How California’s New Ammo Regulations May Impact You
We all know just how hostile to the Second Amendment the state of California is. If there’s a ludicrous idea to allegedly reduce crime but will really just impact the rights of ordinary Americans, California will jump all in for it. Such is their way.
A while ago, the state enacted numerous restrictions on ammunition, clearly taking a cue from public intellectual and policy expert Chris Rock (language in this clip is NSFW):
The new regulations come into effect in a staggered manner, which means it’s hard to keep up with what’s happening when. Luckily, The Firearms Blog has a guest post from Cabela’s Laura Cromwell dealing with this tidbit.
Jan. 1, 2018
- Vendors must have Department of Justice approval to sell ammo – Current retailers with an ammo supply may stop providing ammunition altogether due to the process of getting DOJ consent. For hunters and shooters in rural areas who rely on mom-and-pop sporting goods stores, they may need to seek out a new supplier as well as plan on driving a lot farther to find the ammunition of their choice.
- Importing ammunition – Californians must go to an ammunition vendor that has been approved by the DOJ. If a resident orders ammunition from a website, the ammo in question must be sent to an approved vendor for the consumer to pick up. Purchasing ammunition out of state and then returning to California runs the risk of carrying a misdemeanor charge of transporting ammo across state lines.
- Transferring ammunition – For anyone who has ammunition they are looking to part with, you will need to enlist a DOJ-approved vendor to complete the transaction, same way you would transfer a firearm to a new owner.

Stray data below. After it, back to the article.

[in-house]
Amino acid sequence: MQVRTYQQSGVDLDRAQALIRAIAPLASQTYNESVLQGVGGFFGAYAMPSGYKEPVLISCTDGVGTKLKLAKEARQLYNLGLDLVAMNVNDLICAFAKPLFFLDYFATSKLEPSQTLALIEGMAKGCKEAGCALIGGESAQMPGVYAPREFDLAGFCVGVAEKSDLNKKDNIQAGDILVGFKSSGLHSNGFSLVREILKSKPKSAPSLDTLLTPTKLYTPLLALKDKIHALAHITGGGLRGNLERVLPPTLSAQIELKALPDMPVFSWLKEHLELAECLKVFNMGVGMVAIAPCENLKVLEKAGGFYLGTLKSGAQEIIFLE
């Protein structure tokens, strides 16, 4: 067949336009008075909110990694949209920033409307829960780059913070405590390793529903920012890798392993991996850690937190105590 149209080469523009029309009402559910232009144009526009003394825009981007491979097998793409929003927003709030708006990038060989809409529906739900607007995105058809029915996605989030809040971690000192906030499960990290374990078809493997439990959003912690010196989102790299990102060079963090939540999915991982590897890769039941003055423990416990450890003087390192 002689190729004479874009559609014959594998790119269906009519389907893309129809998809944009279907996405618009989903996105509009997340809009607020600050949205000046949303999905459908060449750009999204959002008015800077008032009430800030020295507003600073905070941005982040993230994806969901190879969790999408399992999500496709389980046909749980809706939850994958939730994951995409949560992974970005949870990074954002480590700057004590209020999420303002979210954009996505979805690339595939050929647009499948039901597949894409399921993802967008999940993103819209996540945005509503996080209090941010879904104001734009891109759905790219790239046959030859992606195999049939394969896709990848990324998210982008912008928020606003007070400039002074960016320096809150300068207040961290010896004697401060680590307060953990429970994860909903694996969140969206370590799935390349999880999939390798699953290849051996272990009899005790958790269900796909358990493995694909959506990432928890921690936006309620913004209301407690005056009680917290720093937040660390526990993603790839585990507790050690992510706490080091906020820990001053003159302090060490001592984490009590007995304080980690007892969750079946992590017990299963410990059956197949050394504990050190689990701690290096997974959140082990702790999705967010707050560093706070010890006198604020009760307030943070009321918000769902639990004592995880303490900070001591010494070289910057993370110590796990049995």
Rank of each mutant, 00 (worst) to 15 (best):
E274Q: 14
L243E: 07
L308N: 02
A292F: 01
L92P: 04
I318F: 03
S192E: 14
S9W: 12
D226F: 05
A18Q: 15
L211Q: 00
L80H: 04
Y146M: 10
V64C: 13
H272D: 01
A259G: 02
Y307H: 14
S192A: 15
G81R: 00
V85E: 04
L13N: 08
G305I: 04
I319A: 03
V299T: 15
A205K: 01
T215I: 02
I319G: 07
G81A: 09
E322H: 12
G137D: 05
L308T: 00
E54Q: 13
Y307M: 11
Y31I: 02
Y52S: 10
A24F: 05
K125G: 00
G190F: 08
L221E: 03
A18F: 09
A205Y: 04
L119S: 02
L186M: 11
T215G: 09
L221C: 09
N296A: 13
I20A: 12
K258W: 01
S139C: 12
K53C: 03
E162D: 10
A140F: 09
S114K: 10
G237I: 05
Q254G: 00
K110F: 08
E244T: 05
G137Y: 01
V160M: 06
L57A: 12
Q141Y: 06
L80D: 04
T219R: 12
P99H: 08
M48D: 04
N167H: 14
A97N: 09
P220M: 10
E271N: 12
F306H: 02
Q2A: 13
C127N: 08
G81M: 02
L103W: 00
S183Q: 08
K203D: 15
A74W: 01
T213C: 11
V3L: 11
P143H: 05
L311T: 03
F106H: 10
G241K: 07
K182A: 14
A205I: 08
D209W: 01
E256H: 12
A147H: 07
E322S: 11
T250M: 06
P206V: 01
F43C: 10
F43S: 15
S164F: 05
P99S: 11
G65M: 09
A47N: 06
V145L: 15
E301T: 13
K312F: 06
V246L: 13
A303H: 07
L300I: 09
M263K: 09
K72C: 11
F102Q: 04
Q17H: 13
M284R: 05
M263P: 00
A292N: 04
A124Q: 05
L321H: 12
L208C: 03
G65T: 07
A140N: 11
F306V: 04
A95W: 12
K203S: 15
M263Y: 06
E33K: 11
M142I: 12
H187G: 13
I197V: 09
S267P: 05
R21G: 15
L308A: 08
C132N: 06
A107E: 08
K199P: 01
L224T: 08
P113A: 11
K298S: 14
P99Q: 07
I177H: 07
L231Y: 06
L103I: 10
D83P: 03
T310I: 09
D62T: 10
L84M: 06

July 1, 2018
- State permission is now required to manufacture or assemble a gun.
Dec. 31, 2018
- Any unmarked firearm possessed after July 1, 2018 must now have a serial number.
July 1, 2019
- Background Checks For Ammunition Required – California residents will need to have a background check prior to purchasing ammunition—with a processing fee. Any firearm owner will tell you that a background check is standard procedure for buying a gun, but to have a background check for a box of .223 is just an additional hurdle.
This is expected to hurt small retailers the most, with the regulatory environment becoming a huge disincentive to carrying ammunition. That means California residents will need to check with their favorite retailers to make sure they will continue to carry ammo. It also means that gun rights activists in California have a lot of ground to make up, because this is draconian.
The question is whether these new regulations would stand up to judicial scrutiny. I have no doubt that California courts will find these rules constitutional, but would it survive higher courts? I have to believe they don’t, if for no other reason that this is a clear attempt to restrict an individual’s right to keep and bear arms. That said, I’m not a legal expert. This is something for the legal experts to hammer out.
In the meantime, real people will be impacted by this.
My advice? Buy ammo in bulk whenever you can, just so you can minimize the hassle. And fight this stupidity with every fiber of your being, because this is a gross affront to Californians’ Second Amendment rights.